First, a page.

Vail Daily column: A time of wonder
I truly believe the 1950s were the best possible time to be growing up in America. When I say that to friends or family, they’re quick to point out that I attended high school, graduated from college and later served in the Marine Corps during the decade of the ’60s.
Yes, I experienced first-hand the counterculture of the period, the sexual revolution and a stint in Vietnam with the 1st Marine Air Wing, but that doesn’t make me a child of the ’60s. It was during the ’50s that my attitudes and perceptions of world really took shape.
Psychologists tell us the attitudes we hold come primarily from three sources: personal experience, upbringing and observation. So my perspectives and general outlook about the world occurred during a time when it can be argued that the United States was at the pinnacle of its power in relation to the rest of the world.
Europe was still rising from the ashes of World War II, Germany in particular was not just devastated, but was now a divided country, and even the victorious Russians were still digging out from the rubble. The Far East wasn’t in much better shape — Japan was recovering after been bombed almost back to the Stone Age, famine stalked China as Mao Zedong was consolidating power amid great internal unrest and the Philippines along with most of the southwest Pacific were struggling.
Meanwhile, Americans were living in a climate of promise, optimism and opportunity. We controlled two-thirds of the planet’s industrial capacity, produced 40 percent of its electricity, 60 percent of its oil and almost 70 percent of its steel. And don’t forget that back then a full 90 percent of all consumer goods sold in this country were American made.
Perhaps the best term to describe the general attitude of the country (at least from a elementary school student’s perspective) was one of optimism — and why not? Life was so much simpler then, we could choose among three TV stations and watched shows like Disneyland marveling at the promise of underwater cities, space colonies, personal jet packs and gyrocopters. And everyone just knew it would be Americans who would make these advances.
It was a time of 45s, jukeboxes, sock hops, panty raids, drive-in theaters and Pez, as well as long-forgotten terms such as icebox, dime store, console TVs and bobby sox. We were absorbed with important matters such as Davy Crockett coonskin caps, hula-hoops, Frisbees, saddle shoes, poodle skirts, Mousekeeters, slinkys and that new medium called television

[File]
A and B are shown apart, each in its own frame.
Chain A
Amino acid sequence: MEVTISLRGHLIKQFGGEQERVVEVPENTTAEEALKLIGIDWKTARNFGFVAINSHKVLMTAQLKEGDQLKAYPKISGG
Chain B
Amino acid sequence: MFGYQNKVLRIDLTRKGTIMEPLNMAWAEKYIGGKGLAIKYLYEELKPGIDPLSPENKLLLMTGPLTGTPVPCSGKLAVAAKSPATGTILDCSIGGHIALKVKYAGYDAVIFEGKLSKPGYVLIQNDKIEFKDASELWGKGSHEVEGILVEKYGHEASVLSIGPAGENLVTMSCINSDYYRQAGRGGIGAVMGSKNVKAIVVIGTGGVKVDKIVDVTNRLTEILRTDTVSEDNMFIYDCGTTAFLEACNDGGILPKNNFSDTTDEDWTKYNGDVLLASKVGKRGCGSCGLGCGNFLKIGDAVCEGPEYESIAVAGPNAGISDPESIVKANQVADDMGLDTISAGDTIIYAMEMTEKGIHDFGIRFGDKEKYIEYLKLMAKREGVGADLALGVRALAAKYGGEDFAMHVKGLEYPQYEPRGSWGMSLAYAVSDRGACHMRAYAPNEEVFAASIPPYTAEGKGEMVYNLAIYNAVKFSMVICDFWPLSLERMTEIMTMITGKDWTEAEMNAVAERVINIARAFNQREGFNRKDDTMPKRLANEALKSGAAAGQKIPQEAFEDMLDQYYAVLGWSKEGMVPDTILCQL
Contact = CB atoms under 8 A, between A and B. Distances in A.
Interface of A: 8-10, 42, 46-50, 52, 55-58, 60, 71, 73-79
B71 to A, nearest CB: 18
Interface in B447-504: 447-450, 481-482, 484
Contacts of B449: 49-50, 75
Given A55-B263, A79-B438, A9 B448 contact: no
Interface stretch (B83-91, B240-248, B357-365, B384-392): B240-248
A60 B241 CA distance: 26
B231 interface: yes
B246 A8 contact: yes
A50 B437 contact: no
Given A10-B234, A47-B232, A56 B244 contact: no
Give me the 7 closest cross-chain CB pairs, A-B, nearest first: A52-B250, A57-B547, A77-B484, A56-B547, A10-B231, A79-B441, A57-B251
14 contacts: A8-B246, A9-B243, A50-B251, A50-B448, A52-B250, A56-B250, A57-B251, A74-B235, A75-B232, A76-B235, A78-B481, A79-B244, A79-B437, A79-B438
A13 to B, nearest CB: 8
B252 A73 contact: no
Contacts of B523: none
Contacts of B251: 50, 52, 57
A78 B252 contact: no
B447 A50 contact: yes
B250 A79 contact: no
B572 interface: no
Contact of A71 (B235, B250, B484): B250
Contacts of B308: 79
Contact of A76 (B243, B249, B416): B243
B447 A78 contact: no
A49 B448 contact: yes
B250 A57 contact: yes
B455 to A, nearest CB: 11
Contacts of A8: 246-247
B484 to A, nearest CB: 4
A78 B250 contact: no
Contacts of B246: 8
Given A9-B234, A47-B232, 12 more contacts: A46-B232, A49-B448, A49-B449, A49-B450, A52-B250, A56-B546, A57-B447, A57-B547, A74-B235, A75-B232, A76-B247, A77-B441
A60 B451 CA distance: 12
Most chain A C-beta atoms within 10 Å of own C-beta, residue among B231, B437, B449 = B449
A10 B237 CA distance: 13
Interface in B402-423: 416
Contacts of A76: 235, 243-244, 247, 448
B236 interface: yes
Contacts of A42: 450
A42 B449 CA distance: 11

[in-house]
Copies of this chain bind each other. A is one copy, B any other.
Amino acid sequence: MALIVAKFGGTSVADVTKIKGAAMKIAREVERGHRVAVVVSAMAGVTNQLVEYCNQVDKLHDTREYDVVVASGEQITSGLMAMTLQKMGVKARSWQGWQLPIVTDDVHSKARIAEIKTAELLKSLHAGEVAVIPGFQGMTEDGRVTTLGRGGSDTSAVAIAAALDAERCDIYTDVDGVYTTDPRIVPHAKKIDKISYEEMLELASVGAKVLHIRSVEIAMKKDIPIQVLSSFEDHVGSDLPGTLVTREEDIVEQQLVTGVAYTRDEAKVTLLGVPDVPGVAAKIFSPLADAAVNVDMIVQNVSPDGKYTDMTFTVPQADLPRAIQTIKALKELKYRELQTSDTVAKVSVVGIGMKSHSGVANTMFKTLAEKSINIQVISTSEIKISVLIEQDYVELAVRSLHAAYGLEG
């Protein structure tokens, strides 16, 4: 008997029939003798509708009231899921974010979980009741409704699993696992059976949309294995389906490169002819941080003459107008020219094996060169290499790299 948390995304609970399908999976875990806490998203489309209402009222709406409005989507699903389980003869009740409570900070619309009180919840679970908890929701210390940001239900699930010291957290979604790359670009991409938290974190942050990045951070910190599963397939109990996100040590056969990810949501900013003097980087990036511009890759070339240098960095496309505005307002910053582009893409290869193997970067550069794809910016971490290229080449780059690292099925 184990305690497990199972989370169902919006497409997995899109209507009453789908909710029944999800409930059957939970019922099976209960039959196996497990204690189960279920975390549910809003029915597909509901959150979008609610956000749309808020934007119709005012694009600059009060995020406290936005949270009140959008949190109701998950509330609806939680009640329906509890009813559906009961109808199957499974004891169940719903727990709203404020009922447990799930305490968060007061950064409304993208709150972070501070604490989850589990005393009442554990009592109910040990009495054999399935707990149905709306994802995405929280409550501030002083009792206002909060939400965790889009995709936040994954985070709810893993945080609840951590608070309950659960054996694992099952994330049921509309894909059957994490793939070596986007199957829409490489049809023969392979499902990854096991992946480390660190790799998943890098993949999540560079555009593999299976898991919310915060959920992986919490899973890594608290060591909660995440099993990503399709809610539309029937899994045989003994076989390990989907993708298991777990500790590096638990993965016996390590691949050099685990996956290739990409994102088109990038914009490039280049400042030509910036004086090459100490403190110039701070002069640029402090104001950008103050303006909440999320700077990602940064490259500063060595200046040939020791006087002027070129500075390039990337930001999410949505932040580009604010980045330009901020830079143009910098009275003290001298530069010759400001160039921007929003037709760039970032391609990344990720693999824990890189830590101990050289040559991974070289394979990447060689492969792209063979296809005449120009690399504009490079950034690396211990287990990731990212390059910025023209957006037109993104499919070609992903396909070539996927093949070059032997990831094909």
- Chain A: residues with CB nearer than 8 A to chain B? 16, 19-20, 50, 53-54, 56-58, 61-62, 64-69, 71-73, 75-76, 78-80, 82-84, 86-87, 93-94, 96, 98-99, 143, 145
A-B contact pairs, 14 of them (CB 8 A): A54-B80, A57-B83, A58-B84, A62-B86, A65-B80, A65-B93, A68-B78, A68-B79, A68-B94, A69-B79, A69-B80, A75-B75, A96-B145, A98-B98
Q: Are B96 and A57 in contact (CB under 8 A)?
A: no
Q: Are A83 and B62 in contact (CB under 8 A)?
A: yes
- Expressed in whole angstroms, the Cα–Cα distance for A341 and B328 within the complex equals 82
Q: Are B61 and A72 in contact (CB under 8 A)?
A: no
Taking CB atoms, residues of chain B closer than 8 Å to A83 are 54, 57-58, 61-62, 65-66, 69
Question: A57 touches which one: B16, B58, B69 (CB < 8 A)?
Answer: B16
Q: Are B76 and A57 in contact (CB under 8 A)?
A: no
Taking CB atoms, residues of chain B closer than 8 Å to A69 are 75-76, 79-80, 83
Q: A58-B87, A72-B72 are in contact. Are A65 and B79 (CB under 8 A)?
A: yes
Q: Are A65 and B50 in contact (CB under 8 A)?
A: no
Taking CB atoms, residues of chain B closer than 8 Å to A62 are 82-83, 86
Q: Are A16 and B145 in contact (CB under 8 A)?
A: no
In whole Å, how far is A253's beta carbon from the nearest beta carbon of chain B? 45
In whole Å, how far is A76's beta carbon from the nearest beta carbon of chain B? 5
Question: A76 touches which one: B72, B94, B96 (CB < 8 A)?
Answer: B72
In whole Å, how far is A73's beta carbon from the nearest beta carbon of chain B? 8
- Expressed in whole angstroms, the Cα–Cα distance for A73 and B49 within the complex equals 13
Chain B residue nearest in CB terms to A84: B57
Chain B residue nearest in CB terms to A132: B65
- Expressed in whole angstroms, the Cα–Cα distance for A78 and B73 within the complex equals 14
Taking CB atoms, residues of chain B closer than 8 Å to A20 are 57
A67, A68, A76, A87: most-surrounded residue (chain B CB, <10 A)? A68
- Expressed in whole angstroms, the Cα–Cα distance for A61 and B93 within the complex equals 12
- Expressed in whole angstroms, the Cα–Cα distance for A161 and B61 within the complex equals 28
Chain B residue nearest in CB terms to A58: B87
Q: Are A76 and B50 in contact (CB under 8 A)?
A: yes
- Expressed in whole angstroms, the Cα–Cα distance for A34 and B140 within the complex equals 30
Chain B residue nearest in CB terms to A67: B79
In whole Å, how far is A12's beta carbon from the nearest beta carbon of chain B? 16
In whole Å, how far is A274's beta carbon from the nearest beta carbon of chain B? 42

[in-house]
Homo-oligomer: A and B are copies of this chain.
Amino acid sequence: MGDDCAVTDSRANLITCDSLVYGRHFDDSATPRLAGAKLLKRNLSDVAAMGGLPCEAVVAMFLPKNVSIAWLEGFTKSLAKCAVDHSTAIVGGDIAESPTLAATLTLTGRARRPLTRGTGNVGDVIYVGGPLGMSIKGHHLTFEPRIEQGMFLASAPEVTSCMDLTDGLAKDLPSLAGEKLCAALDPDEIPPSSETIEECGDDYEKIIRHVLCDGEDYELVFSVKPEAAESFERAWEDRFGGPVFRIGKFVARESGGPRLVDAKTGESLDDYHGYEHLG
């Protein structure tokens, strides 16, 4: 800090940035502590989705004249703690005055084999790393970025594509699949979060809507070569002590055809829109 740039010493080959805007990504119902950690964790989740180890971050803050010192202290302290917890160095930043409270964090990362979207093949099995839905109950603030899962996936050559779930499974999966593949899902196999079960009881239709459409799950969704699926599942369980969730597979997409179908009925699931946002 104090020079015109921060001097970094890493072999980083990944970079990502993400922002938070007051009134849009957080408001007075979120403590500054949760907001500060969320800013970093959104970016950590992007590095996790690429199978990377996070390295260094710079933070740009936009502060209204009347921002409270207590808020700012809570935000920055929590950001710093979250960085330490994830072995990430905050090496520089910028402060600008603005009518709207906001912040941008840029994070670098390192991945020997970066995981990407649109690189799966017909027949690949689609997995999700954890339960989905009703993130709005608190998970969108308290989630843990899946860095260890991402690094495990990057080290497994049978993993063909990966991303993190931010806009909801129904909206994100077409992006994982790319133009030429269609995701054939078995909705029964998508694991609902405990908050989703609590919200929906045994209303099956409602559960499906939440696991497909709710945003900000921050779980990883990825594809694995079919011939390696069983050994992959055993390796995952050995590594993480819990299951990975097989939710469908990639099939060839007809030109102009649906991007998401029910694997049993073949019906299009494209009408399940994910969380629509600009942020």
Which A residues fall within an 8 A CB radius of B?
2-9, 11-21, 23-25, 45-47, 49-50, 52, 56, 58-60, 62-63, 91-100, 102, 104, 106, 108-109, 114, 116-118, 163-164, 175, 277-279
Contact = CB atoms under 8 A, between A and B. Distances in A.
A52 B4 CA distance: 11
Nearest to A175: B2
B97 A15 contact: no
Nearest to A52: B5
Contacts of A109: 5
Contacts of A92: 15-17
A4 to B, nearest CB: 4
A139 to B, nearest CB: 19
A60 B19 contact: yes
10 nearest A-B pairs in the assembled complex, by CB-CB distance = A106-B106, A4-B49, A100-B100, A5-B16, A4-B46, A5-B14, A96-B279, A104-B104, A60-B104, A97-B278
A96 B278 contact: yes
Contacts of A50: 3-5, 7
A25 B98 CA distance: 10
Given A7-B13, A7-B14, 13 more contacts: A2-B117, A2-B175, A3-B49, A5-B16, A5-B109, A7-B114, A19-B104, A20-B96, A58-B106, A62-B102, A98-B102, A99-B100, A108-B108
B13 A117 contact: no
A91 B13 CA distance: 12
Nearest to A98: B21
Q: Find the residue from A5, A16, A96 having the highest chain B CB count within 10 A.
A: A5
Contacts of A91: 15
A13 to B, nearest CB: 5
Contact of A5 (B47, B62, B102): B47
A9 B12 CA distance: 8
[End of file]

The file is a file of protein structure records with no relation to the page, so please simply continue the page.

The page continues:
We rode our bicycles everywhere; no one drove us to our Little League games and soccer (soccer?) was virtually unheard of. Every neighbor knew your name (it was difficult to get away with anything when every mom in the neighborhood knew who you were) and adults were addressed as Mr. or Mrs. — no first name basis back then.
When we were thirsty, we drank directly from garden hoses (who could have imagined bottled water back then), had to be home when the streetlights came on, pot was something Mom cooked in, no one worried about eating Halloween candies and trophies were awarded for actually winning, not participating.
The good Sisters of St. Celestine’s grammar school reinforced the notion of America’s greatness, as did the Brothers at St. Patrick High School. American history was actually taught and our civics lessons focused on The Declaration of Independence, the genesis of our Constitution and the interaction of the three branches of government.
Pride in America and the idea of American exceptionalism was alive and well. It was also a time when the less fortunate saw themselves not as an exploited proletariat but as citizens who were about to climb the ladder of success, and the notion of taking personal responsibility for one’s actions was a given. In essence, these were simpler, less complicated and happier times for America
But truth be known, the ’50s weren’t as idyllic as many of us old fogies remember. Segregation was the order of the day; Communism was spreading; the flu virus was fatal 20 percent of the time; American soldiers were dying in Korea; small pox and the measles killed thousands and of course, we had Sen. Joe McCarthy looking for commies in every closet. Nonetheless it was a time when, by and large, Americans were happy and prosperous and looked to the future with promise.
So I ask myself, is it even possible to return to those halcyon days? Unfortunately, I think not. Some would blame it on the speed of daily life in the technological age or the coarseness that has become the new normal in our society. But those conditions aren’t causes, they’re consequences. Consequences of too much political correctness, a government that rewards people for not working and a “me first” attitude that’s permeates our society
No, we will never reach those dazzling heights again but, boy, it was sure fun being a kid back in the olden days.
Quote of the day: “A rose gets its color and fragrance from the root, and man his virtue from his childhood.” — Edward O’Malley
Butch Mazzuca, of Edwards, writes regularly for the Vail Daily. He can be reached at firstname.lastname@example.org.